• Turkey's Ambush, Russia's Escalation
  • Obama's Background, Current Crisis
  • New U.S. Pressure On Turkey
  • Neocon Pressure On Obama
  • The 2016 Presidential Candidates
  • Obama, not Clinton, Makes 'Hard Choices'
  • Appendix of Sources, Hotlinks

At the outset, it's useful to understand that the UN process is likely to prove unworkable because it does not require Assad’s resignation, as demanded by American war hawks and Islamic rebels who are backed by Turkish and Gulf State supporters.

Also, most GOP presidential contenders and Democratic front runner Hillary Clinton continued to call during presidential debates last week for Assad’s ouster and a U.S.-enforced no fly zone preventing Syria's government and Russia from flying over a zone protecting rebels (and arguably smuggling routes).

The UN plan also fails to specify which rebel groups are excluded as terrorists from the peace process. That confusion portends continuing stalemate during next year in a pattern that has doomed previous UN efforts to resolve the Syrian war.

Despite the dim outlook for a UN peace plan, it serves as a face-saver for Obama during the last year of his presidency. Obama can side-step the consequences of his years of covert warmongering in Syria, which has primarily advanced the empire-building agenda of special interests under the rhetoric of humanitarian and democratic values. Middle East Eye's Dr. Gareth Porter amplified the reasons in Why the US pushes the illusory Syrian peace process.

Most importantly for the American public, the UN agreement could contain pressures from political demagogues risking another war. Warmongering is popular with candidates so they can win 2016 presidential support from special interests and low-information voters fooled into thinking ISIS can be eliminated by bombing. But ISIS is just one of the many scores of jihadist groups in Syria and Iraq that readily swap arms and allegiances when pressure mounts.

Fortunately, Obama backed off from the brink of a fight with Russia that could have become extremely serious. The public may not know how serious for years because, as in the 1962 Cuban Missile Crisis, it's not in the interests of either Russia or the United States to discuss specifics.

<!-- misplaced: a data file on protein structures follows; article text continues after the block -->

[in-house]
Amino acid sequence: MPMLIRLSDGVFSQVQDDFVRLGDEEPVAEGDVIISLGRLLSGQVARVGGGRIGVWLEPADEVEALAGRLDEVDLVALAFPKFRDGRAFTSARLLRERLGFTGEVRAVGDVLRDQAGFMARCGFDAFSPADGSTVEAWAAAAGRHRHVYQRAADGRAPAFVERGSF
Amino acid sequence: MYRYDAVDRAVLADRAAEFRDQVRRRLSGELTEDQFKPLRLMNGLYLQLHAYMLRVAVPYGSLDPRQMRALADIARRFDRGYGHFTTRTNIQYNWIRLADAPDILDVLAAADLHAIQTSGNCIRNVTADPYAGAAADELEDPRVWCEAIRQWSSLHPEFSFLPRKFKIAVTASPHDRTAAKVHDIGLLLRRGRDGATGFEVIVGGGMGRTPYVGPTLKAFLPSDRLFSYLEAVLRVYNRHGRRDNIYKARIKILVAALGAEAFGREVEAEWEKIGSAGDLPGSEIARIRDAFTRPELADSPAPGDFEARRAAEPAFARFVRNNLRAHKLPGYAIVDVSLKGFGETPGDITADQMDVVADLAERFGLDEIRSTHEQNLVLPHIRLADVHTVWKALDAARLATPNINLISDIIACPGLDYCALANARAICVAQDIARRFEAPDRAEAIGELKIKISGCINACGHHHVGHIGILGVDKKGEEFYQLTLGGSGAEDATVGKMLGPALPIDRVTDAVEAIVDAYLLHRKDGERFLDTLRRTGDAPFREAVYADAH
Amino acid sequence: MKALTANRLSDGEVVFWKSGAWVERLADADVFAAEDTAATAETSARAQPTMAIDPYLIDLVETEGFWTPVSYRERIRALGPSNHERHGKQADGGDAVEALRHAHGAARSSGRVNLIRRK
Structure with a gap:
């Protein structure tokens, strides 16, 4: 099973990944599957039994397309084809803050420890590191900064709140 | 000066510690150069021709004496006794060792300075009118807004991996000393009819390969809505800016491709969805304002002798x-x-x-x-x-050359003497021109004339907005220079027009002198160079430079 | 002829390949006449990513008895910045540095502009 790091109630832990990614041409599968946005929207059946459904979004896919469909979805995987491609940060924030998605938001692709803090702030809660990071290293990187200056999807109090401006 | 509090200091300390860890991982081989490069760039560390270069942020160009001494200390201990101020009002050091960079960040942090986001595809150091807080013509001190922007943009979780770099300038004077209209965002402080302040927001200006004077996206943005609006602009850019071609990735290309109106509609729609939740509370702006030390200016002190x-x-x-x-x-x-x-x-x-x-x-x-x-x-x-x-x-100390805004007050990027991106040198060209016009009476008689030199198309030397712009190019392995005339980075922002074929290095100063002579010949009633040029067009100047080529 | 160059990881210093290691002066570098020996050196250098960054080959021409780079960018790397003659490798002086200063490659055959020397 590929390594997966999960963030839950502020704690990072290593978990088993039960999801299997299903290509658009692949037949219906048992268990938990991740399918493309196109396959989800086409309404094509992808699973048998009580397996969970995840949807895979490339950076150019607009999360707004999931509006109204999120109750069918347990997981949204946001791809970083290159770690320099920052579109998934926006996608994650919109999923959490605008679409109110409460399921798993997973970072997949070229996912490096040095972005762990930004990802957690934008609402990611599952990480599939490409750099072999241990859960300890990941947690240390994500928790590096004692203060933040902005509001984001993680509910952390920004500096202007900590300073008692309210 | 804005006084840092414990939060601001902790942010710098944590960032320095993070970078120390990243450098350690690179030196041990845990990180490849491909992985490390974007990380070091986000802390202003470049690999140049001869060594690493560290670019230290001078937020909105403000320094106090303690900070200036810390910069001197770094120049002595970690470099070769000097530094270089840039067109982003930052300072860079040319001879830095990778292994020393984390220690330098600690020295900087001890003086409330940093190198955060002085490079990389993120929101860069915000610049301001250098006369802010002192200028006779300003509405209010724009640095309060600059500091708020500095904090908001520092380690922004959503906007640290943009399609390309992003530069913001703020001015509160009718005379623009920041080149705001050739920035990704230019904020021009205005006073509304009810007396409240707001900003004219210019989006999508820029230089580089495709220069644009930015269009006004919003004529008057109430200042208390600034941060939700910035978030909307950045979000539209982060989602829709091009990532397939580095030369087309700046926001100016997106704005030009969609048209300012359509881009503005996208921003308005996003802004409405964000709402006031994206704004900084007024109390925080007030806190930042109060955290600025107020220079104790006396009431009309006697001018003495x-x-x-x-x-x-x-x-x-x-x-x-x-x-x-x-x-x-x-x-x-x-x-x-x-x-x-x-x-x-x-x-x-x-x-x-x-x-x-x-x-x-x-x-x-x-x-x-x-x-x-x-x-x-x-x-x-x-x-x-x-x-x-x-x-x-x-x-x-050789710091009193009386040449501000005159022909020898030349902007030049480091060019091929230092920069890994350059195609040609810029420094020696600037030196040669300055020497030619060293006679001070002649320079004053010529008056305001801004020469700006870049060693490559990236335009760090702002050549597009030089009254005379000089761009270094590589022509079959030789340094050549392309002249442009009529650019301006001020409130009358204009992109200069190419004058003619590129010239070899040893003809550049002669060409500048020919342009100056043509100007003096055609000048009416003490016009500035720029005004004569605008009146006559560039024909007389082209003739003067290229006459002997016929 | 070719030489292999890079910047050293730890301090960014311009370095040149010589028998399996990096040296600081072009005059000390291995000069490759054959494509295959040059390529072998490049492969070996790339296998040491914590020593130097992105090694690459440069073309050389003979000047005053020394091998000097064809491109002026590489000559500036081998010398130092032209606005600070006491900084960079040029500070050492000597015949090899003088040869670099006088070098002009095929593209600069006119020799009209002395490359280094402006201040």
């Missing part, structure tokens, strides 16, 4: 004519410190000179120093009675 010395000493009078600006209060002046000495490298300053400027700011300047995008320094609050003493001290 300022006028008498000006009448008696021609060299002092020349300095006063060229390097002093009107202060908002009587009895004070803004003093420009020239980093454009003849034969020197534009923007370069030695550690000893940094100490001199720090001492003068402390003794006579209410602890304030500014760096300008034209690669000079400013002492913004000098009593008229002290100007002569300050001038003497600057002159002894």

Sergei Lavrov, John Kerry, Vladimir Putin 12-16-2015

Kerry met behind closed doors with Russian Foreign Minister Sergei Lavrov and Prime Minister Vladimir Putin (shown at left in a photo from their meeting). They emerged with an agreement that omitted any mention of Assad's departure.

The most likely reasons for the U.S. shift?

The Obama administration is under increasing pressure to become more effective against ISIS following the Paris and San Bernardino attacks, as Obama acknowledged in his Dec. 21 NPR interview. 

In contrast to a go-slow approach by the United States under Obama's anti-ISIS envoy John Allen, Russia began a bombing campaign Sept. 30 at Syria’s invitation. Since then, Russia has made hundreds of bombing runs providing devastating air cover for Syrian army advances regaining territory from rebels.

Russia also has been exposing fighter, arms, and oil smuggling connections between ISIS and allied forces. The major smuggling routes have been via Turkey, a NATO member whose President Recep Tayyip Erdoğan increasingly focuses on supporting Islamist causes and suppressing dissent. Turkey has viciously targeted those in the media and ethnic Kurds whose compatriots in Syria are the main U.S. allies on the ground fighting ISIS.

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Global Research, Police Violence: US Cops Killed More People this Year than in 2014, Tom Hall, Dec. 22, 2015. At least 1,160 people have been killed by US police in 2015, according to an online aggregator of police killings, exceeding last year’s figure of 1,108. The statistics, compiled by killedbypolice.net, show that the wave of police violence has only intensified despite nationwide mass protests by tens of thousands this year against police brutality.

A more detailed database of killings by US police beginning in January 2015 compiled by the Guardian newspaper, which broadly corresponds with figures from killedbypolice.net, demonstrates that the epidemic of police violence affects broad layers of the American population from all ethnic backgrounds. While African-Americans were killed at nearly 2.5 times the rate of whites, the total number of white victims of police killings, 537 by the Guardian’s figures, was larger than the total number of either black or Hispanic victims. Eighteen people in the Guardian’s database were minors. Two hundred-twelve people, or around one-fifth of all people killed by police in 2015, were unarmed, and 40 were killed while in custody.